What’s important to remember here is that Andalusia and Extremadura are, and have been historically, two of the poorest regions of Spain, not least as there is little industry and the majority of the population depend upon agriculture or tourism for their living.

In the video you can hear the slogan of ‘The people united will never be defeated’ and they also shouted ‘If there’s no bread for the poor then there will be no peace for the rich’.

In a press conference one of the leaders said that there was ‘no Urdangarin here’ (a reference to the husband of one of the princesses of the Spanish Royal family who is currently under investigation for corruption and dipping into the public purse) and ‘no hunter of elephants here’ (in reference to a picture of the King of Spain, Juan Carlos Borbon, standing, gun in hand, beside a dead African elephant). So no royalists in this demonstration.

Earlier this week, on Monday afternoon, September 3rd, things spread further afield and a similar action took place in the town of Vilafranca del Penedes, close to Tarragona, in Catalonia.

Another of the big supermarket chains in Spain/Catalonia, this one called Dia, was invaded by a group of people who got away with food to the value of €241.45. This time they attempted to pay with a card that had no credit but took the food anyway. The manager tried to lock everyone in until the police arrived but they found a way out and got the food taken away, only to then wait for the police to arrive outside.

The group in Vilafranca was started in order to assist those people whose homes were being repossessed after they had fallen victims ‘in the good times’ to something similar to the sub-prime mortgage scheme that started the whole house of cards falling in the US. However, they see that homelessness, poverty and hunger go hand in hand and see no contradiction in their previous stated aim and what they did yesterday.

There’s never any attempt to do things surreptitiously as they are all wearing t-shirts saying who they are and what their aim is. It seems the only growth industry in the country is that which produces t-shirts with slogans against the rich and powerful. Some of those present were arrested and they will face the courts on Wednesday of this week but they have already planned a press conference and demonstration before they enter the courtroom.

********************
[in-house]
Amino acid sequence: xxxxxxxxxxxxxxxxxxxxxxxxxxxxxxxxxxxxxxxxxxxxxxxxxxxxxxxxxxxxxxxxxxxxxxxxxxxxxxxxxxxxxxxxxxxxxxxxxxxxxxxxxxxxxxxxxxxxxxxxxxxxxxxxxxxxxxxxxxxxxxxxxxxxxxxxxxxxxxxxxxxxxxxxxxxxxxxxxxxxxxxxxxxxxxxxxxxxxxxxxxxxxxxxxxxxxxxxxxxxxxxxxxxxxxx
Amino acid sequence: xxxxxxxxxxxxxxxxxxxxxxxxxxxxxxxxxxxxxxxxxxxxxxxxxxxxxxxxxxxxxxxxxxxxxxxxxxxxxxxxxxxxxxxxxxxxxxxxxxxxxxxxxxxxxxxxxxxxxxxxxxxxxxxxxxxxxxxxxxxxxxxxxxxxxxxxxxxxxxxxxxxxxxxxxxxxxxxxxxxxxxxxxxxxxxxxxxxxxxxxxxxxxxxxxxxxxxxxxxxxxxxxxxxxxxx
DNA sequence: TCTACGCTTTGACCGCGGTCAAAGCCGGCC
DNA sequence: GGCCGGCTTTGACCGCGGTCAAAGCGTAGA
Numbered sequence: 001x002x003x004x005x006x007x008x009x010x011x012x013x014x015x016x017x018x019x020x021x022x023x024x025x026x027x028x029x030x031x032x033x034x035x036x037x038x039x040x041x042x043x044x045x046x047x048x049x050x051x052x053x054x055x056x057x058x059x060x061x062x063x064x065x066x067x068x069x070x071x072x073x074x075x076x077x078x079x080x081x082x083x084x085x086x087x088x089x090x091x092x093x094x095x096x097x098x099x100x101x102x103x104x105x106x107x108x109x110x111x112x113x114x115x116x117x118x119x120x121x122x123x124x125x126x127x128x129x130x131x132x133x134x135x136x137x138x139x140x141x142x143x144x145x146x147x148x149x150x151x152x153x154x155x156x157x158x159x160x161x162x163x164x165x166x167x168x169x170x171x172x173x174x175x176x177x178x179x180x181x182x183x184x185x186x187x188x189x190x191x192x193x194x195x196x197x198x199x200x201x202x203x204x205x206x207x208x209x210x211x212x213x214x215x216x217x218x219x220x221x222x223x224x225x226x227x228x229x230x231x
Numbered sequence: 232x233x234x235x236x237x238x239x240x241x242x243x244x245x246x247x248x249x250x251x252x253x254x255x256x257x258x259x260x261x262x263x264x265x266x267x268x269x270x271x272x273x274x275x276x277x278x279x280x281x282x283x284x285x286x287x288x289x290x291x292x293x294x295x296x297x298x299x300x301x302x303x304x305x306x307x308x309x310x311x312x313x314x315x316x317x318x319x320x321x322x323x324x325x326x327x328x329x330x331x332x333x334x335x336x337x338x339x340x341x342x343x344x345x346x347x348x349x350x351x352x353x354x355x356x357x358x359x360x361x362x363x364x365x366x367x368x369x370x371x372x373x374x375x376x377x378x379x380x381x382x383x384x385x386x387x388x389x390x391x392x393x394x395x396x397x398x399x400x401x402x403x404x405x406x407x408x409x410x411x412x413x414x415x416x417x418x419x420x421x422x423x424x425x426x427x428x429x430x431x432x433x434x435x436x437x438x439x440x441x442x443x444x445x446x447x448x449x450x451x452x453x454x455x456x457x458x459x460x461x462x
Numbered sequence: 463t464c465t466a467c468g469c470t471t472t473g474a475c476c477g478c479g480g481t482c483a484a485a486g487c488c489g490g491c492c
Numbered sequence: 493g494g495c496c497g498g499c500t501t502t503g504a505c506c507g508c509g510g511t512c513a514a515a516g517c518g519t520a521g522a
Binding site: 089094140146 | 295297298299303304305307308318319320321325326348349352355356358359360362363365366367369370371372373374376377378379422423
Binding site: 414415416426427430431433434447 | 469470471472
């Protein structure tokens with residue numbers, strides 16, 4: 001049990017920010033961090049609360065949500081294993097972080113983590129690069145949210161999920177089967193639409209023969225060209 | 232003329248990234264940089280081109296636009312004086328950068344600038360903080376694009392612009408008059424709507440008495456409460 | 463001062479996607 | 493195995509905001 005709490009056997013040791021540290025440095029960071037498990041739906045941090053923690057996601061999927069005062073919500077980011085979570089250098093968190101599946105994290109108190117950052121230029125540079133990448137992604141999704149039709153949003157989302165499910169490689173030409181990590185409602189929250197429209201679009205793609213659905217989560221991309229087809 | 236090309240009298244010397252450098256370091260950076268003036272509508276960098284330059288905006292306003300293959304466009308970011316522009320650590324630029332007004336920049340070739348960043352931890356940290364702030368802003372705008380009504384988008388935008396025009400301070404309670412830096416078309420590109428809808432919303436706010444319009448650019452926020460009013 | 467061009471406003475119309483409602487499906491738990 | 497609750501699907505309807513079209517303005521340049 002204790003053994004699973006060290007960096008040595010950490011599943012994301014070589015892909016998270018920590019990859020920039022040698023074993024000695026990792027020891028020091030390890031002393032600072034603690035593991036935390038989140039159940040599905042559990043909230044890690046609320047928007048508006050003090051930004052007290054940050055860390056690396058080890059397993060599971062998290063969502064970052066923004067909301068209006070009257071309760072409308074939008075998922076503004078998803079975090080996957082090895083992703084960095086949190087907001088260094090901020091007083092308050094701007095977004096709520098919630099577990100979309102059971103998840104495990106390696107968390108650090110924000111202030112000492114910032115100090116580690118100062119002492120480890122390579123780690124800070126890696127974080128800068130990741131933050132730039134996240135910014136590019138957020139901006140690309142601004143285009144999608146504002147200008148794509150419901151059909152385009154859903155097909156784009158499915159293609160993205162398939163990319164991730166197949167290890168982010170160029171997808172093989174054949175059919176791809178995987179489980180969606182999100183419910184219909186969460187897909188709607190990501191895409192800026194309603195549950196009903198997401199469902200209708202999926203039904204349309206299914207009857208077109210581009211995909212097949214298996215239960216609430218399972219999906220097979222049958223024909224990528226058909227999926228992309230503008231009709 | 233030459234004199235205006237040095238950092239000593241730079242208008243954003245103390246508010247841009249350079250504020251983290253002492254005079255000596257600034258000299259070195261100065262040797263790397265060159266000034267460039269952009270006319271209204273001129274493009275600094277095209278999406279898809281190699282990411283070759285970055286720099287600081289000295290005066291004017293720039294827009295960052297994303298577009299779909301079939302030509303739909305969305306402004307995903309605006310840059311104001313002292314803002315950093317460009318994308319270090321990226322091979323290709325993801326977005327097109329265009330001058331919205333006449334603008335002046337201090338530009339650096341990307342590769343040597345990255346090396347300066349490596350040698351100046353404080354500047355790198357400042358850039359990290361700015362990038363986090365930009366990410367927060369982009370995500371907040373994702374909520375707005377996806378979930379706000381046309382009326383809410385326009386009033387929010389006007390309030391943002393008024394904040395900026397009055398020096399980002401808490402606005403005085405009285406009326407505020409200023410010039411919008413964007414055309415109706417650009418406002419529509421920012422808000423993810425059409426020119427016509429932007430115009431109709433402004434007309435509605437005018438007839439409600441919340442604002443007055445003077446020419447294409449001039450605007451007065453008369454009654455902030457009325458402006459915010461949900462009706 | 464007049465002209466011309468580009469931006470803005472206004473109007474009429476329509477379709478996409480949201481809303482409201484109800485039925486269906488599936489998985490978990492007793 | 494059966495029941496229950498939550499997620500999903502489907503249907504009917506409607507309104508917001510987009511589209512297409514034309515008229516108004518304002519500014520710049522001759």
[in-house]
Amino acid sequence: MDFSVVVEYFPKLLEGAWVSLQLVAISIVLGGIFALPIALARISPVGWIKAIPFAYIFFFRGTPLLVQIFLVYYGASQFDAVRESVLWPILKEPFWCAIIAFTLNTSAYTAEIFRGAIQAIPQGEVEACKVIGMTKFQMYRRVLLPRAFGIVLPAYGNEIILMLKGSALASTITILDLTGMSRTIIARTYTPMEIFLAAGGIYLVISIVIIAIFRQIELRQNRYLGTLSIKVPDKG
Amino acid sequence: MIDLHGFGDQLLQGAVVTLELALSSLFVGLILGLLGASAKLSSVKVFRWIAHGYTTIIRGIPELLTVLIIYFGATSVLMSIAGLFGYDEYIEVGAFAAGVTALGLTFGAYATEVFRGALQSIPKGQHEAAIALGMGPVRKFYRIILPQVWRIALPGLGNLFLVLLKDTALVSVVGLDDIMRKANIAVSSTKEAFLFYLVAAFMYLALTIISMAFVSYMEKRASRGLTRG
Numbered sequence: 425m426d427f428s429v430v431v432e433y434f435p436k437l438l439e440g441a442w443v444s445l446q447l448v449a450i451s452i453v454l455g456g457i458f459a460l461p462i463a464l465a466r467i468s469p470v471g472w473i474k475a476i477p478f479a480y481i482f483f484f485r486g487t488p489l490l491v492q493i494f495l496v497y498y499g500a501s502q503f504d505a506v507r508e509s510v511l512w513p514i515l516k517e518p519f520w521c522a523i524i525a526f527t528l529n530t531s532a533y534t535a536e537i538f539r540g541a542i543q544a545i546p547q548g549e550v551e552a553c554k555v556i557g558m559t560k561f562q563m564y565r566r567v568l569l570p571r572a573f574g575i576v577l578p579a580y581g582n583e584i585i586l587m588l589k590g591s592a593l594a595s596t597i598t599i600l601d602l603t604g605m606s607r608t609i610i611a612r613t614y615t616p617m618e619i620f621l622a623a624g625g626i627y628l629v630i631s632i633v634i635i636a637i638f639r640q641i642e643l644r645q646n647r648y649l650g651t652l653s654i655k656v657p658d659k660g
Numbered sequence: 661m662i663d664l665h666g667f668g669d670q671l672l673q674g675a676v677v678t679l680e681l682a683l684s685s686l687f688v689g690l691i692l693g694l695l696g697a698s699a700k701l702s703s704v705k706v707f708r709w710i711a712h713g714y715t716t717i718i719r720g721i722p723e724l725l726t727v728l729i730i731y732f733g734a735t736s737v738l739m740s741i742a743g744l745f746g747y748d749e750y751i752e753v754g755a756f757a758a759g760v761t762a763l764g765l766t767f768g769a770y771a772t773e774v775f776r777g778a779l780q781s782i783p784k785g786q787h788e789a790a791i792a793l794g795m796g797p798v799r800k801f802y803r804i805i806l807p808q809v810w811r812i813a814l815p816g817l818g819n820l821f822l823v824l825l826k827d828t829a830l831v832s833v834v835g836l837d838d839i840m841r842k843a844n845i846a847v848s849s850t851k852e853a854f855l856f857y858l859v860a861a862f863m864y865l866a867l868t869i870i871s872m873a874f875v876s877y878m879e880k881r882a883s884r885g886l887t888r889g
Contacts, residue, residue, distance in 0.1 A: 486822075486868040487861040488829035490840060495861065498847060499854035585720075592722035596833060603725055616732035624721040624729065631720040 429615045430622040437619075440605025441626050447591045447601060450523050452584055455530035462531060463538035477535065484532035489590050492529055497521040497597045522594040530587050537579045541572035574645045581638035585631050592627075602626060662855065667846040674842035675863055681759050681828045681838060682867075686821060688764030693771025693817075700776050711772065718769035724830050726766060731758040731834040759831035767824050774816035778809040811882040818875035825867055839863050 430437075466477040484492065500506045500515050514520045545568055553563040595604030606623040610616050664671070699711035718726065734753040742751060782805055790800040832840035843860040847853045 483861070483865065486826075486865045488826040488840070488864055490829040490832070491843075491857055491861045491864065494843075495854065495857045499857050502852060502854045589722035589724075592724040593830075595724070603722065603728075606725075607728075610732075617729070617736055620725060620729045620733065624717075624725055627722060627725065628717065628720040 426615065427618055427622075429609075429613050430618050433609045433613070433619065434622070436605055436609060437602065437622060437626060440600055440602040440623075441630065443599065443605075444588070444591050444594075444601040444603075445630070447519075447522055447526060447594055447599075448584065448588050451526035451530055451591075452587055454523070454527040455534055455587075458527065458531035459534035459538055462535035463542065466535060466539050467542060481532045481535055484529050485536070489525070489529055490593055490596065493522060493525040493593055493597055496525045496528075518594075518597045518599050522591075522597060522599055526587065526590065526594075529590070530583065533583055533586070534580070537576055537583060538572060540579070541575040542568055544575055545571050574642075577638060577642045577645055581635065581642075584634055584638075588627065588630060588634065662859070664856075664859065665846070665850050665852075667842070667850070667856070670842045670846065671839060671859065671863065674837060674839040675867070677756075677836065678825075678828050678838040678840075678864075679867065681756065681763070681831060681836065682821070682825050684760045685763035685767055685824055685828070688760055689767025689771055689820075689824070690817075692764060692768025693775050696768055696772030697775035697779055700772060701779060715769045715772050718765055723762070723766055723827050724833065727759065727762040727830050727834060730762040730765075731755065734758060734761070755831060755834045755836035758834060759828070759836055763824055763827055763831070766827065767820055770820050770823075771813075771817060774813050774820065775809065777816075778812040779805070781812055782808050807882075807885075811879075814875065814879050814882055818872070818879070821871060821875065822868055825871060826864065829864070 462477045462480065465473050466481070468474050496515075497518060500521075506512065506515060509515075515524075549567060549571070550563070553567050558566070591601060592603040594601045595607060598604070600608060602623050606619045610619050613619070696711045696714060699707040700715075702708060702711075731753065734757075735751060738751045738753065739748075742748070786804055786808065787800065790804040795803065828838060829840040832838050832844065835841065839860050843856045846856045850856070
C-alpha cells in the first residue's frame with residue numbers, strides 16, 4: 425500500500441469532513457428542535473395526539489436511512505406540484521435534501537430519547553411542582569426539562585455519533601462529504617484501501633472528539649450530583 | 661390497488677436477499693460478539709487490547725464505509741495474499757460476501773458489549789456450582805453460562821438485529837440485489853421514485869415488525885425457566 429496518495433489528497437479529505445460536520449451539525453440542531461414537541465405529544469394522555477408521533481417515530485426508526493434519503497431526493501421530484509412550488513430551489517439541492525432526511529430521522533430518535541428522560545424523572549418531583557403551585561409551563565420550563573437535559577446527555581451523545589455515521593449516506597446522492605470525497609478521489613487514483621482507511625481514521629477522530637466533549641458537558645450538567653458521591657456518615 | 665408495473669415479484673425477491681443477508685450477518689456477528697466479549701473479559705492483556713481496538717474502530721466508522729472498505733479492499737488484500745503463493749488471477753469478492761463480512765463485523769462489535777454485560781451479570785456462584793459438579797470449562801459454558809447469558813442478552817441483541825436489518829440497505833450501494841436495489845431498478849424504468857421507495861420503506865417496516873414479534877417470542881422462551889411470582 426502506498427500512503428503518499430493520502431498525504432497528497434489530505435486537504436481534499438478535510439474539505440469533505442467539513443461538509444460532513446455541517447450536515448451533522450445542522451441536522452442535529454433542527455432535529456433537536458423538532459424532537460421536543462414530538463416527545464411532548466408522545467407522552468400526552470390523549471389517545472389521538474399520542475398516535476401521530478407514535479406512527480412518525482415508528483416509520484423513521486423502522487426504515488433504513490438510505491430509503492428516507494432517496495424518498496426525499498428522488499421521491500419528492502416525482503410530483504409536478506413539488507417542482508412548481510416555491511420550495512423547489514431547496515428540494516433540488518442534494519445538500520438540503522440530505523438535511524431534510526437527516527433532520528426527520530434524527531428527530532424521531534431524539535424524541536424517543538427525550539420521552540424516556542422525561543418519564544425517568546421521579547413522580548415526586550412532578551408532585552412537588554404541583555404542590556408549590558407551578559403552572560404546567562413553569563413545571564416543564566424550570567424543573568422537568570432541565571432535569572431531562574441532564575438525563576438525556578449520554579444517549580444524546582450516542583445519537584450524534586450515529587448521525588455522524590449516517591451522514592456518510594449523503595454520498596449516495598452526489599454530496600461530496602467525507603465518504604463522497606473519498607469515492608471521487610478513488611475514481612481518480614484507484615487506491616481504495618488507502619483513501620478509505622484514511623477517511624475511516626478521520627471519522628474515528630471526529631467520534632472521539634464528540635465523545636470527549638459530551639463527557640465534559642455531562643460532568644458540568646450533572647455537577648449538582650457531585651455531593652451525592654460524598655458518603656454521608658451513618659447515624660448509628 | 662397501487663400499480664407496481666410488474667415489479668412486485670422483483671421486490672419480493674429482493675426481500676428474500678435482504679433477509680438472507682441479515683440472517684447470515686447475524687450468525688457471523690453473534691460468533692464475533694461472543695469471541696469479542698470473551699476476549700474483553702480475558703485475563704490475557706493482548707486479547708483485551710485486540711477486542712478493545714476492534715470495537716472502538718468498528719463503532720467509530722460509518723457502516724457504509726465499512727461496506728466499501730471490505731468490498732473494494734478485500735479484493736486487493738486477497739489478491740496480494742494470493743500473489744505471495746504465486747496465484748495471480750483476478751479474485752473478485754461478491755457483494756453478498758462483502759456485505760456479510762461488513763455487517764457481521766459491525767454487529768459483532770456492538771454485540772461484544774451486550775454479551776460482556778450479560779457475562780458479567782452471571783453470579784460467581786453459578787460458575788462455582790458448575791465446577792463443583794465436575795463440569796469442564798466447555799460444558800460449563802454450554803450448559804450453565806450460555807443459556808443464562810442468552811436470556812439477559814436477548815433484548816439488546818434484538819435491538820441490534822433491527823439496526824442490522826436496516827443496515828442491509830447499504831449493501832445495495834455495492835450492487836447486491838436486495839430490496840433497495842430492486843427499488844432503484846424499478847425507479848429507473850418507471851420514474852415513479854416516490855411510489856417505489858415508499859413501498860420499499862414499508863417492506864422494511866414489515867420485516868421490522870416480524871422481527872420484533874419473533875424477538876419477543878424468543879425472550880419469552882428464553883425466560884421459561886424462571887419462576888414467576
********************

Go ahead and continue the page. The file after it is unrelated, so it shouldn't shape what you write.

A couple of thoughts come to mind following this latest event. The first is that some employees of the supermarkets are still putting themselves forward as defenders of their company, its shareholders and their millionaire owners. In my first post about these events I made reference to an open letter sent by an activist to the woman who was so upset about the supermarket raid in Andalusia.

Secondly, I have been told by a number of people I’ve spoken to here in Catalonia over the last few weeks that this region is one of the richest in Spain and, in fact, gives more to the Spanish state than it receives. If this is true (and I don’t have the figures to hand to say one way or the other) then why are the people of Catalonia allowing their own citizens to fall into such a desperate economic situation that they feel they have to take food from the groaning shelves of the supermarkets?

The welfare state in Britain has been under attack since the moment it was established and has been chipped away at in the intervening years. However, although some would like to go even further with more cuts in such spending, in theory, at least, people in Britain should never be allowed to get into such desperate straits.

For more information;

This is a link to the blog of the organisation that organised the ‘attack’ on Monday. It’s a bit confusing, I think, but the ‘Los Videos’ link at the top takes you to a page where there are a number of YouTube videos showing what they have been involved in in the past.

See also:

‘Liberating’ basic foodstuffs from supermarkets in Andulasia

Charity is the answer!